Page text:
While the "truck" in the photo isn't really my truck, that's what it will look like during Wednesday!
(The truck is actually a snow sculpture!)
I suppose I could dread and complain about the snow storm we are expected to get on Wednesday through Thursday morning ... but I won't!
Here in the Boston area, we've been fairly lucky this winter when it comes to snowfall - only 23 inches so far for the season. The areas of Baltimore and Washington D.C. received more than that in one snowfall last week. If that wasn't bad enough for them, there going to get more with the latest storm. By the time anyone is reading this on Wednesday morning they will have already accumulated more of the white stuff.
Here, they have predicted 9-16 inches to be dumped between 10:30 AM through the wee hours of Thursday. For most people here in New England: "It's a mere inconvenience!"
As for me: It's a royal pain in the ass!"
They were born and raised here - I've only been up here since I was discharged from active duty in the U.S. Navy in December of 1971. I know that's 39 years, but I still have not got used to the winters in the Boston area! I don't like the snow and I can't stand the cold! I am a winter wimp!
When I retire in three years or so, I have my sights on somewhere south of the Mason-Dixon Line. But where? I don't like Florida - too damn hot! I used to think that Charlotte, North Carolina would be nice ... but they've been getting winters as bad or worse than here!
What's with the crazy weather - all over the country - the last decade?
The following is from my archives of January, 2005. Originally titled Nanook of the Northeast, my 4th post was the about the first major snow storm I experienced after I started blogging.
The surreal scene before me was one of wonder. Nothing short of awe-inspiring, could it be that I was looking upon a precursor of Armageddon? No, nothing quite so dramatic as the end of civilization. Although the street and surrounding neighborhood were in desolate purgatory, I reminded myself that this is New England.
The snow storm, which had blanketed areas as far west as Chicago, and as far south as West Virginia, had dumped nearly 30 inches at my doorstep. Such snow storms, categorized as blizzards, are not new to the Boston area. The Blizzard of '78 became the benchmark by which future storms would be compared. Watch out '78, you have a challenger!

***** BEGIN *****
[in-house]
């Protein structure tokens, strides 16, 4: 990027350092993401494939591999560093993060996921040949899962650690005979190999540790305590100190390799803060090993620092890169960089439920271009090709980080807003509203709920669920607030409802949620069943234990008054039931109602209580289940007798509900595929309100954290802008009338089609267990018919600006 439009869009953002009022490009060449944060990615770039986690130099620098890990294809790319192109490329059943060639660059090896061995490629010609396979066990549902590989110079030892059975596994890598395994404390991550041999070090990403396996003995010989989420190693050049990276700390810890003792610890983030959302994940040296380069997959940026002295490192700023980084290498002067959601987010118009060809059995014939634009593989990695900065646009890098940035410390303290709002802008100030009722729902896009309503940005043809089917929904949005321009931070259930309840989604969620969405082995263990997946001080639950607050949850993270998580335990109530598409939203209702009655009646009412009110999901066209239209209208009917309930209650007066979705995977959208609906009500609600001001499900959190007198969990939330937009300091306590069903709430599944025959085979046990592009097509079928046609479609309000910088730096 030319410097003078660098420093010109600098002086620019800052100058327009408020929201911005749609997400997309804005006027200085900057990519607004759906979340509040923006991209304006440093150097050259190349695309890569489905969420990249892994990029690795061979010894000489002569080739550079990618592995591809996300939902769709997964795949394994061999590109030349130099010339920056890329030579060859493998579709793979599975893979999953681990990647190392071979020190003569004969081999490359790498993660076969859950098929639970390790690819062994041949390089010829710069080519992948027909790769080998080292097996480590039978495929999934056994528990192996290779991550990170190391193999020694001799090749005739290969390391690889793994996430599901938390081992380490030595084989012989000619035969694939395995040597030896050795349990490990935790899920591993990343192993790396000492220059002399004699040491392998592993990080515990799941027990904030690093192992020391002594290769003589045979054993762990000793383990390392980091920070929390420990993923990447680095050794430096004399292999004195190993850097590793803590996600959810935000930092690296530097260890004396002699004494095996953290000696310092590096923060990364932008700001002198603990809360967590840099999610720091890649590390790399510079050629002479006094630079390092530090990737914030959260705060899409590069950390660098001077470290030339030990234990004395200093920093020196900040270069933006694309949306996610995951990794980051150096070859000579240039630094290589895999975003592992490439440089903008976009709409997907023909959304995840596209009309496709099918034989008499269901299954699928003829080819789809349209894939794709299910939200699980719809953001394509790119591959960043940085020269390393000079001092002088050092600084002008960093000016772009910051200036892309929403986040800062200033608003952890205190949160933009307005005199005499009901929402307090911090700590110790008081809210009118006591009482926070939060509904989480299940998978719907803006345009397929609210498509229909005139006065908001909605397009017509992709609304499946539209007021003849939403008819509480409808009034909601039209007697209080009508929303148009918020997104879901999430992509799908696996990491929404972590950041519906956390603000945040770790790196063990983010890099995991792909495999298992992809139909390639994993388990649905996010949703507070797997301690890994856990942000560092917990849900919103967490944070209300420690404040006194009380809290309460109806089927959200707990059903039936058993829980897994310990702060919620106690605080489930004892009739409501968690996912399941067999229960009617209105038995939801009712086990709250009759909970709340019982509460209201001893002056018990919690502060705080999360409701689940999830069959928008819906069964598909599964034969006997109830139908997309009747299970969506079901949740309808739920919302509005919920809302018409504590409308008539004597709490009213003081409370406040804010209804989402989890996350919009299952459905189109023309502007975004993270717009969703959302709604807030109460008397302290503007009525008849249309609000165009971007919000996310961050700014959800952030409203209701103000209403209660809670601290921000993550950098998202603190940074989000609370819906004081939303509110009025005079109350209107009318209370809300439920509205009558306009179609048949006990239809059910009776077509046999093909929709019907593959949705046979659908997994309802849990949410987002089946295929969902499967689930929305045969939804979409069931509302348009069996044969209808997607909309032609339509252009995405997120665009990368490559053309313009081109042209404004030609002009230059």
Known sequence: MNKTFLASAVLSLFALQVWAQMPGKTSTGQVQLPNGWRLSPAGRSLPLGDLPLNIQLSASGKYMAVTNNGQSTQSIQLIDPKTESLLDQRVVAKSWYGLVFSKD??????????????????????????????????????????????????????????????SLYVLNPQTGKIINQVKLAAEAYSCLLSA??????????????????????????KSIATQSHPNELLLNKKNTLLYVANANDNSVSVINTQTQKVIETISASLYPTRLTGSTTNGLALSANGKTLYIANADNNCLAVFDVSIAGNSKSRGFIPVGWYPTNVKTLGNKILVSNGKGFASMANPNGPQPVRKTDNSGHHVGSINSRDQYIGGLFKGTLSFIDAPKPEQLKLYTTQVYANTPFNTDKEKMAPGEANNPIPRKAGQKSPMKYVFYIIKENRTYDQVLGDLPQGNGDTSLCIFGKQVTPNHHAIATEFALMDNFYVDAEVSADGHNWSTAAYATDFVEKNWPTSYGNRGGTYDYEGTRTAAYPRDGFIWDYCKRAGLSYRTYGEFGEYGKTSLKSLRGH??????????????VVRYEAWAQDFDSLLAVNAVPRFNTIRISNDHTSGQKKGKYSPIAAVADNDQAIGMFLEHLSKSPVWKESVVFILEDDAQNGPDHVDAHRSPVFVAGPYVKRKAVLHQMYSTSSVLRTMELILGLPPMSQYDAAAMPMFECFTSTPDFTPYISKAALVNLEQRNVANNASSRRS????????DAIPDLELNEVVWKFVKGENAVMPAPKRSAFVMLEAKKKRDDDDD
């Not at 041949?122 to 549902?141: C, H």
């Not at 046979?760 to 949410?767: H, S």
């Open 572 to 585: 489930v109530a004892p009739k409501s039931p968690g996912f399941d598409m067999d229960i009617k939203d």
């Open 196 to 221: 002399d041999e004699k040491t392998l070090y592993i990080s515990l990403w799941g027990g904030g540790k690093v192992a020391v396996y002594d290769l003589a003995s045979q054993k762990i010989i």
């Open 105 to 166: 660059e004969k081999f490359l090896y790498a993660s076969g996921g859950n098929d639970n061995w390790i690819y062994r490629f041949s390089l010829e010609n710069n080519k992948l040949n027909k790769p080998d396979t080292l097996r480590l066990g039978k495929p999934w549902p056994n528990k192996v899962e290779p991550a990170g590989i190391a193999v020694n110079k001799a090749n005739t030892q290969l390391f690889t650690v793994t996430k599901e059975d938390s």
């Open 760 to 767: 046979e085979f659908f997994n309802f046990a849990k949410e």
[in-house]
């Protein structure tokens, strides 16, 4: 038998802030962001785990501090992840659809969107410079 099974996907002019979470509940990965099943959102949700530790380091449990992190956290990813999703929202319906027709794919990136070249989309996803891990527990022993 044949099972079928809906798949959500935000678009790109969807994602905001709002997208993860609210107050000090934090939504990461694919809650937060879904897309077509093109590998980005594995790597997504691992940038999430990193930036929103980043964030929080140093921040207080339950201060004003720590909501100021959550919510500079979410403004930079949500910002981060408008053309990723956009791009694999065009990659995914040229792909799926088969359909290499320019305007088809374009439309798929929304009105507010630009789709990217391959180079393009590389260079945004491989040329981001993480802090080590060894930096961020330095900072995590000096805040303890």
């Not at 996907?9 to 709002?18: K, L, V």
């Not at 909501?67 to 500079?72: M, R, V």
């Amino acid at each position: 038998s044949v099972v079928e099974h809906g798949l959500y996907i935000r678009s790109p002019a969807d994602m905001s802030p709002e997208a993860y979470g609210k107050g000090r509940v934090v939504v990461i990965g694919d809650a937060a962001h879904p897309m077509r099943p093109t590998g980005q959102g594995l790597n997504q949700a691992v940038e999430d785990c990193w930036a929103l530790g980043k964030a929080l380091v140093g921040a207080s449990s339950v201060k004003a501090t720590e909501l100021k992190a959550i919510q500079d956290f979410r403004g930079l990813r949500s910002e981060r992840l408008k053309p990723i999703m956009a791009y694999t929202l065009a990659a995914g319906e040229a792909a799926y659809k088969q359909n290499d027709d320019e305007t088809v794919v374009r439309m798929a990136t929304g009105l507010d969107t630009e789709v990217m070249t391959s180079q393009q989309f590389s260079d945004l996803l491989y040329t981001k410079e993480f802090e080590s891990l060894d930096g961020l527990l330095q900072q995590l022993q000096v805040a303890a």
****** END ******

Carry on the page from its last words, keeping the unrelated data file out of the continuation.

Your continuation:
What began as some auspicious flurries at 3:15 PM on Saturday, the 22nd, had turned into Mother Nature's generous gift for this edition of winter. The 30 inches on the ground is lying in wait for an additional 6 inches by 6 PM tonight. With a projected high temperature of 10 degrees, acompanied by 30+ mph winds gusting upwards to 70 mph, I didn't need to hear the news report that schools would be closed on Monday and posibly on Tuesday as well.
An arduous adventure began when it was discovered that 4 foot wall of drifted snow had barricaded the storm door to our back porch. Without music, the dogs' frenzied dancing was apparent as my wife removed the lower pane of the door. Through this portal she began burrowing out of the house, onto the porch and into the maelstrom of wind and snow. As I was bundling myself into multiple layers, she had managed to get the door open, and had swathed out a narrow path across the porch and to the foot of the stairs.
Those dogs are not stupid by any means, as they, one at a time, ventured into the elements, relieved themselves, and made haste their retreat back into protection of the house. By this time, I was so wrapped up in protective clothing, I was nearly immobile. I hoped that I would not share the same fate that had befallen Ralphie's little brother in the classic film, A Christmas Story.
When I entered the kitchen, there before me, stood none other than Nanook of the NorthEast! My wife, her green hooded coat, spray-painted white by the gale driven snow, gave me proof that it was indeed a blizzard out there. Her demeanor was screaming, "Don't go out there!", went unacknowledged. My resolve was to do the manly thing.
For some strange reason, within my head, I heard the jingle: "Mr. Trouble never hangs around... When he hears this mighty sound." To which I mentally responded "Here I come to save the day!" That recollected vision of Andy Kaufmann and his record player on an SNL skit, quickly evaoprated before my foot touched the porch.
My adventure was a short one, limited to merely fetching the other snow shovels from the garage, and digging a wider path on the stairs and porch. My face stinging, my fingers cold despite the gloves, I feigned success. Thusly, I decided that hibernation was the most obvious course of action.
That returns me to my reverie, looking upon the scene before me. Eventually, when the storm winds down, and driving winds have abated, I will have begin shoveling in earnest. When is the storm supposed to end? 6 PM, you say? Wait just a minute!! The Patriots-Steelers game kicks-off at 6:30! The winner goes to the Super Bowl! I think I will listen to the doctors' warnings about shoveling snow and placing myself at risk for a heart attack. Tomorrow looks ideal for snow removal.
At 6 PM, the ultimate storm adventure will begin with the preparation of chilli, popcorn, and of course harvesting some brewskies from the fridge. By the time the game is underway I will be sweating bullets. For you see, it is labor intensive to watch a football game on a stormy New England day with Nanook of the NorthEast ready to put me on ice.
For everyone in the path of this newest storm, be careful if you have to be out. Take it easy and pace yourself if you have to shovel all that snow.